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Libya Surpasses Nigeria as Africa’s Top Crude Oil Producer

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TRIPOLI, Libya – Libya has overtaken Nigeria as the continent’s highest crude oil producer.

According to the latest data from the Organization of Petroleum Exporting Countries, OPEC, Libya’s crude oil output rose to 1.236 million barrels per day (bpd) in March 2024, marking a 5.4 percent increase from 1.173 million bpd in February 2024.

Conversely, Nigeria saw its production decrease by 6.8 percent, dropping to 1.23 million bpd in March from 1.32 million bpd in February, as detailed in OPEC’s April 2024 Monthly Oil Market Report (MOMR).

The report highlighted contrasting figures based on primary and secondary sources. While official sources noted Libya’s ascendancy, secondary sources suggested Nigeria retained a slight edge, with a production level of 1.398 million bpd compared to Libya’s 1.161 million bpd during the same period.

OPEC’s report also revealed that the overall OPEC-12 crude oil production averaged 26.60 million bpd in March 2024, a minor increase from the previous month.

The production rise was primarily seen in Iran, Saudi Arabia, Gabon, and Kuwait, while notable declines were recorded in Nigeria, Iraq, and Venezuela.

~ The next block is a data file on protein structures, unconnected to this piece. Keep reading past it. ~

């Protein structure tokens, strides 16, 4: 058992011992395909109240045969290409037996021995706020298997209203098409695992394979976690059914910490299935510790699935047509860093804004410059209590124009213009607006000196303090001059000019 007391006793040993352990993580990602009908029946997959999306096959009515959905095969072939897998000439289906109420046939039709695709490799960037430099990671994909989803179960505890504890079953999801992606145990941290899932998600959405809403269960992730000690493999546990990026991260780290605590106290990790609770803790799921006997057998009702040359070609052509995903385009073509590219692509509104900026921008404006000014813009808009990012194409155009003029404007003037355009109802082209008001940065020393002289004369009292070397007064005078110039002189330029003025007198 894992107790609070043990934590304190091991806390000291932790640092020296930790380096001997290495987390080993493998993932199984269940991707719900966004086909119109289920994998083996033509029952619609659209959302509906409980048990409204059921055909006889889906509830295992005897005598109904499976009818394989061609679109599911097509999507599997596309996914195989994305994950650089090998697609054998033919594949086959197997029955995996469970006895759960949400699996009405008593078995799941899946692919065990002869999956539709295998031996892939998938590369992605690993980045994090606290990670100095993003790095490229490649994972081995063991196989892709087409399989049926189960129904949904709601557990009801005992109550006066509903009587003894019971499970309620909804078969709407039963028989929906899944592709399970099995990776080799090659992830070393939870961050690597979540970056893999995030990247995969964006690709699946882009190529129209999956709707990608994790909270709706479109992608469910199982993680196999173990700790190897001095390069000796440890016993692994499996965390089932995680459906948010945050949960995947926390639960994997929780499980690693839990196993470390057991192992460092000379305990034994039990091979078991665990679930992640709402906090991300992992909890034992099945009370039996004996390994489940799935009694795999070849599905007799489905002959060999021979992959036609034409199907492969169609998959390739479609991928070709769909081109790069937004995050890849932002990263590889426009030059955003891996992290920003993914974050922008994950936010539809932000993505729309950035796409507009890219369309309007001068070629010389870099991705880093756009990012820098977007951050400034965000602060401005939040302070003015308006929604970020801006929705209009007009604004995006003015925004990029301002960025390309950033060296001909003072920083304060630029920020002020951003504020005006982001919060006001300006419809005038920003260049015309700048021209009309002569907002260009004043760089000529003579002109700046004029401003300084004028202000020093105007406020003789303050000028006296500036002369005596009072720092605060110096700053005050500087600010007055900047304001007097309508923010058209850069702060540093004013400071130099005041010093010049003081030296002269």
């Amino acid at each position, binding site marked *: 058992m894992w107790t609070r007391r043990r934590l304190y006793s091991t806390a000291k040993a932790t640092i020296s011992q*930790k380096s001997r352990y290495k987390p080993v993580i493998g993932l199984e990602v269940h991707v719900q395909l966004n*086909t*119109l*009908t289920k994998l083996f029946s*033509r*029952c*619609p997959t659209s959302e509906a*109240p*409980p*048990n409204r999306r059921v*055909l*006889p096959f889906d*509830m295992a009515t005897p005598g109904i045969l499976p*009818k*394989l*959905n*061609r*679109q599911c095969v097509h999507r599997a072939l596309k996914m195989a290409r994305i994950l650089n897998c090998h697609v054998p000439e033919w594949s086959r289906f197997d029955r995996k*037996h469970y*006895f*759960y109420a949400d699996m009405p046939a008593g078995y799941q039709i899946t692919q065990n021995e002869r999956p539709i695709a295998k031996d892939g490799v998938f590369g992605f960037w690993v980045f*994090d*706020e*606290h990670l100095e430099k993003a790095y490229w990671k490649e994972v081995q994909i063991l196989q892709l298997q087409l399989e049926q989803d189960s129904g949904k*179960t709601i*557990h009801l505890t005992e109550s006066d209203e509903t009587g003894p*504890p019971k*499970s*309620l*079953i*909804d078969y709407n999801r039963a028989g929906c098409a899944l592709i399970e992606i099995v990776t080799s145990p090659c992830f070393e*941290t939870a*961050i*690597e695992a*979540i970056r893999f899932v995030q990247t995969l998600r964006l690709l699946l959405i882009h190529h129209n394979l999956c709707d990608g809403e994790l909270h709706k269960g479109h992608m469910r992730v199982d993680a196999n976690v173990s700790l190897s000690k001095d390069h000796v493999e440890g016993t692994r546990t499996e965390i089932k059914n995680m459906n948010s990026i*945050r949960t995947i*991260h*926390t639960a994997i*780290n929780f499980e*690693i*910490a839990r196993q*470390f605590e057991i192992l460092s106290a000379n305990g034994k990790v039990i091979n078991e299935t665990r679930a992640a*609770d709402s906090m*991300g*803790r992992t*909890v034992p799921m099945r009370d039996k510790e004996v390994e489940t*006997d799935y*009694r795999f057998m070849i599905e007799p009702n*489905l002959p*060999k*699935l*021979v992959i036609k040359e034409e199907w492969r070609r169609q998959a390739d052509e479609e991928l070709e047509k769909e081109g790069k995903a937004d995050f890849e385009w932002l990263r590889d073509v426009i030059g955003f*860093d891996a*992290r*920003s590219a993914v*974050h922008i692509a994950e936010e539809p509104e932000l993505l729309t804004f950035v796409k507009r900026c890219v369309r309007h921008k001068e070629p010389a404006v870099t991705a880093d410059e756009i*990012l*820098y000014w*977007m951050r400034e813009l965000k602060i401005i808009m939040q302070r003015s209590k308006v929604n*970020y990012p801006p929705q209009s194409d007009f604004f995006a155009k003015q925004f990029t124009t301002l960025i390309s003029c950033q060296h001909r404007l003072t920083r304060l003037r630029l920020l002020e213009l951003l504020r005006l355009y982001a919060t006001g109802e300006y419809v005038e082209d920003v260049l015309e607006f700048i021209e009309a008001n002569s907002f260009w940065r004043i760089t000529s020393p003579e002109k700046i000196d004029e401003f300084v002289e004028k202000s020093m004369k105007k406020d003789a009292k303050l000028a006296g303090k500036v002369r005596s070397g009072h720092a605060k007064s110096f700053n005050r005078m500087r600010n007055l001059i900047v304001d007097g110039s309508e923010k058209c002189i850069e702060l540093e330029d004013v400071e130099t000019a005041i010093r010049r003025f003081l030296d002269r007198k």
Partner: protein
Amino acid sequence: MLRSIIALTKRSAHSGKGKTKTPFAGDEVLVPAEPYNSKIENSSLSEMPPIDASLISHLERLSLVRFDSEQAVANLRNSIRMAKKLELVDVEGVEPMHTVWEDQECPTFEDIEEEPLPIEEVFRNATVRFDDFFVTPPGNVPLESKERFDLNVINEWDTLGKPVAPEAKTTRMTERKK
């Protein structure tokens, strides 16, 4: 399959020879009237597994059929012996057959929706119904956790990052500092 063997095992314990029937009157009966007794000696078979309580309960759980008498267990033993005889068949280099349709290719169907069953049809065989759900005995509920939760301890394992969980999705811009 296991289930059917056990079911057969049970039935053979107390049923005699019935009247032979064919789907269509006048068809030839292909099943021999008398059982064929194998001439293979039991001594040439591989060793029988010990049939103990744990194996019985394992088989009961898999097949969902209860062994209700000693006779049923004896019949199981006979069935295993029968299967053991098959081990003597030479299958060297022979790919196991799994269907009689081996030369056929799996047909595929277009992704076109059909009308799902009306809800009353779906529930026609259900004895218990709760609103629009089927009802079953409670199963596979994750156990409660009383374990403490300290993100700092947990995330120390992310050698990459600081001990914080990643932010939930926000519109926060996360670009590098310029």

In response to the fluctuating production levels, the Nigerian government has expressed concern over the oil industry’s capacity to meet domestic obligations, particularly in supplying local refineries.

At a recent meeting to review the Domestic Crude Oil Supply Obligation as stipulated under Section 109(2) of the Petroleum Industry Act of 2021, Engr. Gbenga Komolafe, Chief Executive of the Nigerian Upstream Petroleum Regulatory Commission, emphasized the importance of prioritizing local refineries.

Komolafe stated, “Producers should satisfy their domestic crude oil supply to the domestic refineries so that, as a nation, we seize the opportunity to reverse the ugly trend by ensuring that we develop our midstream and end up being a net exporter of petroleum products, especially now that we are trying to exit the subsidy regime. The only way to sustain that is to become robust in our domestic refining capacity.”

This development comes at a critical time for Nigeria as it aims to boost its refining capacity and reduce dependency on imported refined products, aligning with broader goals to enhance economic stability and energy security in the region.

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